Sarcophagus of Agape and Crescentianus, California Chapter from Vatican Patrons of the Arts on Vimeo.

Curator of the Christian Antiquities Department, Dr. Umberto Utro, and Valentina Lini explain the project. Careful cleaning and meticulous work were able to return the piece to its original luster and will allow it to stand for all time as a beautiful monument to a loving husband who was committed to “agape” for his wife and for God. Thanks to generous donations from the California Chapter – particularly the efforts of Roberta and Howard Ahmanson for their help in restoring this treasured memorial of love and faith.

It’s easy to become a Patron! To participate in meaningful projects like this one please contact our Office and find out how to glean the benefits of membership which include special programs, private tours, and behind-the-scenes glimpses into the Vatican Museums.

Junior membership is designed for those under 35 years old and provides all the advantages of membership at a reduced rate – to learn more click here.

Three Crosses Restored Thanks to Our Michigan Chapter

Restorations are complete on three beautiful crucifixes!In 2007, Carlo and Lucia Barocchi donated three exquisite crosses to Pope Benedict XVI. One was a 14th century copper crucifix of the “archaic” style, a second in gilded silver was from the 17th century and a third (the oldest) dates back to the late middle ages. After being put in our Wishbook a restoration of these pieces was supported by Tony and Suzanne Rea of the Michigan Chapter. The spectacular final results are due to their patronage and the efforts of our wonderful restorers of the Decorative Arts Department.

Barocchi Crucifixes Collection, Michigan Chapter from Vatican Patrons of the Arts on Vimeo.

This Dashing Dacian Prince has Been Fully Restored!

With work beginning in 2012, we are happy to say that this colossal statue of a defeated prince has been fully restored and is ready for display. The statue was part of a decorative scheme used to adorn the great Trajan Forum inaugurated by the Emperor in 113 AD. The impressive piece depicts a Dace prince dressed in a long tunic – arms crossed in front of his body in a attitude associated with prisoners. The sculpture is made of pavonazzetto – a white marble extracted from purple veins in the quarries of ancient Phrygia, in the heart of Turkey.  These pavonazzetto sculptures were larger than those in white marble, thus they were possibly placed on the top of the decorated arcade.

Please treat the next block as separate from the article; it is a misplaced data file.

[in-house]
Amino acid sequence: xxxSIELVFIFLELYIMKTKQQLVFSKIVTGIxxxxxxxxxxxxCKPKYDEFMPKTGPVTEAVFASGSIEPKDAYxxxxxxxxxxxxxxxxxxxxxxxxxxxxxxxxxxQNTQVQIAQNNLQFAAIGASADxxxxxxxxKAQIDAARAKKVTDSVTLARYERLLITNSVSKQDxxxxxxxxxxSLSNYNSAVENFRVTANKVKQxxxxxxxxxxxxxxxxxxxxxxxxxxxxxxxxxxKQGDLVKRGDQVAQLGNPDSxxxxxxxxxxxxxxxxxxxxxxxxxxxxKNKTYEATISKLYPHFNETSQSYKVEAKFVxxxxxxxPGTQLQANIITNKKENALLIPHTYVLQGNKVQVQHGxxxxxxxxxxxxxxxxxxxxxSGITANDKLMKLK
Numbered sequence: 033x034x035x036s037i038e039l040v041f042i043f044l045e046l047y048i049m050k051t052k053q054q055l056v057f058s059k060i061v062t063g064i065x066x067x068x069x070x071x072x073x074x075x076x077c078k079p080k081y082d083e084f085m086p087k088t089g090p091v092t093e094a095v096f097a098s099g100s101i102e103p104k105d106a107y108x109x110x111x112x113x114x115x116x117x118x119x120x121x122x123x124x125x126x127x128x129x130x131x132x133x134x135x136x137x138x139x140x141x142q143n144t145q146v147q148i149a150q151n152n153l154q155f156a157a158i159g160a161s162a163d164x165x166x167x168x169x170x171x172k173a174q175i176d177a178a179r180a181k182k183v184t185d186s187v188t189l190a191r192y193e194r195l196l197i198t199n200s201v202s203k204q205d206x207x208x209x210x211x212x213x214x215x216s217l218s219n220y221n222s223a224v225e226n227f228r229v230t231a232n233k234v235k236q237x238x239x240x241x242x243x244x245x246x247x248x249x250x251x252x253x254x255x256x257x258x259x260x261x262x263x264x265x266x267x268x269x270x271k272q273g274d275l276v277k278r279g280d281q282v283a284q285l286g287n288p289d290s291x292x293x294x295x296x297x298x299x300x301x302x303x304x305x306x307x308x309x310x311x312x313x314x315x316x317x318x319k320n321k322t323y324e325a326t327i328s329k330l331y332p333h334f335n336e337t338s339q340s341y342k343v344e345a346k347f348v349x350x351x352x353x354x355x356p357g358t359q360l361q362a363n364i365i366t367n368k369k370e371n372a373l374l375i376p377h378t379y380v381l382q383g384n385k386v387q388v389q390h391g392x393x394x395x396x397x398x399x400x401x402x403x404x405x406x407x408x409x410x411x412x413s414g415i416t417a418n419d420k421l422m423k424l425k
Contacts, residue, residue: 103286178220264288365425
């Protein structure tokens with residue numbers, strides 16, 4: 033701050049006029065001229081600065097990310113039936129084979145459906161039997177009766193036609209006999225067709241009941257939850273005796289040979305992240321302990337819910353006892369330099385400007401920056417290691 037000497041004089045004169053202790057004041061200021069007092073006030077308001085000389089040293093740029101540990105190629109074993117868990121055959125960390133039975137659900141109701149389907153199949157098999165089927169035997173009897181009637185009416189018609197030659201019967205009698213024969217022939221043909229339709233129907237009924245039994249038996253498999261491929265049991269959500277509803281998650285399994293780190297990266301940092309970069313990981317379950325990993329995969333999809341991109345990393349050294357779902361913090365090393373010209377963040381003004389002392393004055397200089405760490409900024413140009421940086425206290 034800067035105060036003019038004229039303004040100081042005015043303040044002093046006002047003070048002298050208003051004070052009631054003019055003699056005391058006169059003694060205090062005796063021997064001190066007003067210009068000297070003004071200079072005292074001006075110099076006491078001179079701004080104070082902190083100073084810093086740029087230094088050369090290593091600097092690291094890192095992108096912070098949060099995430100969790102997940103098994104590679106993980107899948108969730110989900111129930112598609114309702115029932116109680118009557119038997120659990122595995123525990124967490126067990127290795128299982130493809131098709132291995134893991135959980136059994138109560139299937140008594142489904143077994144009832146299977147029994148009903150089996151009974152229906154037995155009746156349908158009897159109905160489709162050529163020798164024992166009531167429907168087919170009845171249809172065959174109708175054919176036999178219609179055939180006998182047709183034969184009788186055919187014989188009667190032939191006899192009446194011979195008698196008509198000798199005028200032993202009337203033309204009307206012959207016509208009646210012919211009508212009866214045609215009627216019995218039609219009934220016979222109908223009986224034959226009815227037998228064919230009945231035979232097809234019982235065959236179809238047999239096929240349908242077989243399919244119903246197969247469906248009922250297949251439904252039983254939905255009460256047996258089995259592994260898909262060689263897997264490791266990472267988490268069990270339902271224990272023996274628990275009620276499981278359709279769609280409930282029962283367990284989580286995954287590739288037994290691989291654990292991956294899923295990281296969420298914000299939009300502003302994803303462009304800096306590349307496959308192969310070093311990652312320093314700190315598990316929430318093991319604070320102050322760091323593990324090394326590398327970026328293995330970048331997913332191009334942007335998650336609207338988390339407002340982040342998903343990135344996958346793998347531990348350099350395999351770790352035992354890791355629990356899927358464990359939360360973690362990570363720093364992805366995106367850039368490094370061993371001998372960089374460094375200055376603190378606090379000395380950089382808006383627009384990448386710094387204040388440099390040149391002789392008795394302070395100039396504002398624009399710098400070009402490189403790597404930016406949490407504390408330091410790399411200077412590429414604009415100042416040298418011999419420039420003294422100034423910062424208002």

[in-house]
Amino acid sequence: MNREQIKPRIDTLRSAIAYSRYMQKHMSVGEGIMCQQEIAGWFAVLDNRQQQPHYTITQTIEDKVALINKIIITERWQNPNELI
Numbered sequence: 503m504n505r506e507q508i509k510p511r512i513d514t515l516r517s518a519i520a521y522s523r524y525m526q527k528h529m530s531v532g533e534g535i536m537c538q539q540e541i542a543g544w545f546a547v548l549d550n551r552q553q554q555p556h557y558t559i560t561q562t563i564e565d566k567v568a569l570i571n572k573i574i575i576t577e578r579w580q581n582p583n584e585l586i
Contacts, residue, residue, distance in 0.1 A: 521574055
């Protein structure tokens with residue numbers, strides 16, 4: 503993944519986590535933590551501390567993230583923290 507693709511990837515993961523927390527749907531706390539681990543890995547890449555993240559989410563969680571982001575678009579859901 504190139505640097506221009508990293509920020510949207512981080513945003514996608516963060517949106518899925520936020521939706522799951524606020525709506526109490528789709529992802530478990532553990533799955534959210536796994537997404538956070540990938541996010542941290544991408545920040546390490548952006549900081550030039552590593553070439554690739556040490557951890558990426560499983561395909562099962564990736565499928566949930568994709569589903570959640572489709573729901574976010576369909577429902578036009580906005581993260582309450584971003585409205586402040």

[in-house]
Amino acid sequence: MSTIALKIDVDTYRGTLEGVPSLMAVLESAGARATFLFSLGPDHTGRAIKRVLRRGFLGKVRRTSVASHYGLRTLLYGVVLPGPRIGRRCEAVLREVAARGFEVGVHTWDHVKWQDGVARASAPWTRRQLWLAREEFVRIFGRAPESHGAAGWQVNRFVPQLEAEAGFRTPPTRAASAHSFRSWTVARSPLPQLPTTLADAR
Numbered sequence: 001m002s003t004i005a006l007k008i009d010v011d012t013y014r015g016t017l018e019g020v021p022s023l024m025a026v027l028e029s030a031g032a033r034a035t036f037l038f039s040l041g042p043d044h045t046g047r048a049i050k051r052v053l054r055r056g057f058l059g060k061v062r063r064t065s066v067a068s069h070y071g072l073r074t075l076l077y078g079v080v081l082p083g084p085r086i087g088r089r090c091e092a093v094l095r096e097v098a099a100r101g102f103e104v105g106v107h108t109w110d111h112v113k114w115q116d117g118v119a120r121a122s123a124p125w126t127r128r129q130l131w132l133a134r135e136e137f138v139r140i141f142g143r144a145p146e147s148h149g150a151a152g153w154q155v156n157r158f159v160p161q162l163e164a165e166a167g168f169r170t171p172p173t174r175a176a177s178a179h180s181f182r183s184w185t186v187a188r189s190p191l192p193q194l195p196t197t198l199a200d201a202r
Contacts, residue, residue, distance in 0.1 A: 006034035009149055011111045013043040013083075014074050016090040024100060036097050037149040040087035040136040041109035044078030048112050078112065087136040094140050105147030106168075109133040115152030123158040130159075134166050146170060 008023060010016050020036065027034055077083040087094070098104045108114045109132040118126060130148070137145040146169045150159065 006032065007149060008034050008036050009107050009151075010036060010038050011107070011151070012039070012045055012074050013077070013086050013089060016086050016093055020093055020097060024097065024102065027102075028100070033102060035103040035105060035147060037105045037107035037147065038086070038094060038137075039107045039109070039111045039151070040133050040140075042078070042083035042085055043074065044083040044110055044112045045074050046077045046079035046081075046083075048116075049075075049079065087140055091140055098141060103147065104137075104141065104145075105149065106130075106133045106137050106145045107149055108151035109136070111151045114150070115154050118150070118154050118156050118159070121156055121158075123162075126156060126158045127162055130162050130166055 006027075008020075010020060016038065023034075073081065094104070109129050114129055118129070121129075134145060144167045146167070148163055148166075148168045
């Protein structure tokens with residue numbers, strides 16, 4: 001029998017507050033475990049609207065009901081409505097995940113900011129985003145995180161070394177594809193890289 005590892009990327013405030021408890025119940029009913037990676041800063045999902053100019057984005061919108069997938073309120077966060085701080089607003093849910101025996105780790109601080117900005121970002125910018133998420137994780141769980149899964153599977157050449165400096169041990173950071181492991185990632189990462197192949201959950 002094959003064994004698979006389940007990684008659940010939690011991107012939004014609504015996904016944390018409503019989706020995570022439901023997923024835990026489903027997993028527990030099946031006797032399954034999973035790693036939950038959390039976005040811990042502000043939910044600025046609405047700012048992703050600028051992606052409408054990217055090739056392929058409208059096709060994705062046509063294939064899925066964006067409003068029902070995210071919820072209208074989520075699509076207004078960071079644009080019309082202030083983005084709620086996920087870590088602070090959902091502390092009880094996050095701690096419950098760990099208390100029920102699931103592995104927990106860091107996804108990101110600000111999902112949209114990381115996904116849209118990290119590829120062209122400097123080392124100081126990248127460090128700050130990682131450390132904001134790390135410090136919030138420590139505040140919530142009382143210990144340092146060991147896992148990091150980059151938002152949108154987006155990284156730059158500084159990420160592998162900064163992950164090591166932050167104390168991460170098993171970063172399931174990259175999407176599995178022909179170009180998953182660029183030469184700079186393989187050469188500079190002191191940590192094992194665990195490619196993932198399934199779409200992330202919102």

How do you restore a prince?

A Deep Wash:

The process of restoration was extensive and took meticulous effort. Primarily, cleaning of surface deposits were accomplished using  compresses of deionized water. This brought out the real sheen of the purple veined marble.

Keeping his integrity – with lasers!:

During the restoration, a light coating applied in ancient times was discovered that probably balanced the stone material’s integration. Restorers Dr. Giandomenico Spinola and Dr. Claudia Valeri decided to respect this and with laser cleaning were able to approximate the original look of the statue.

No such thing as a small surgery: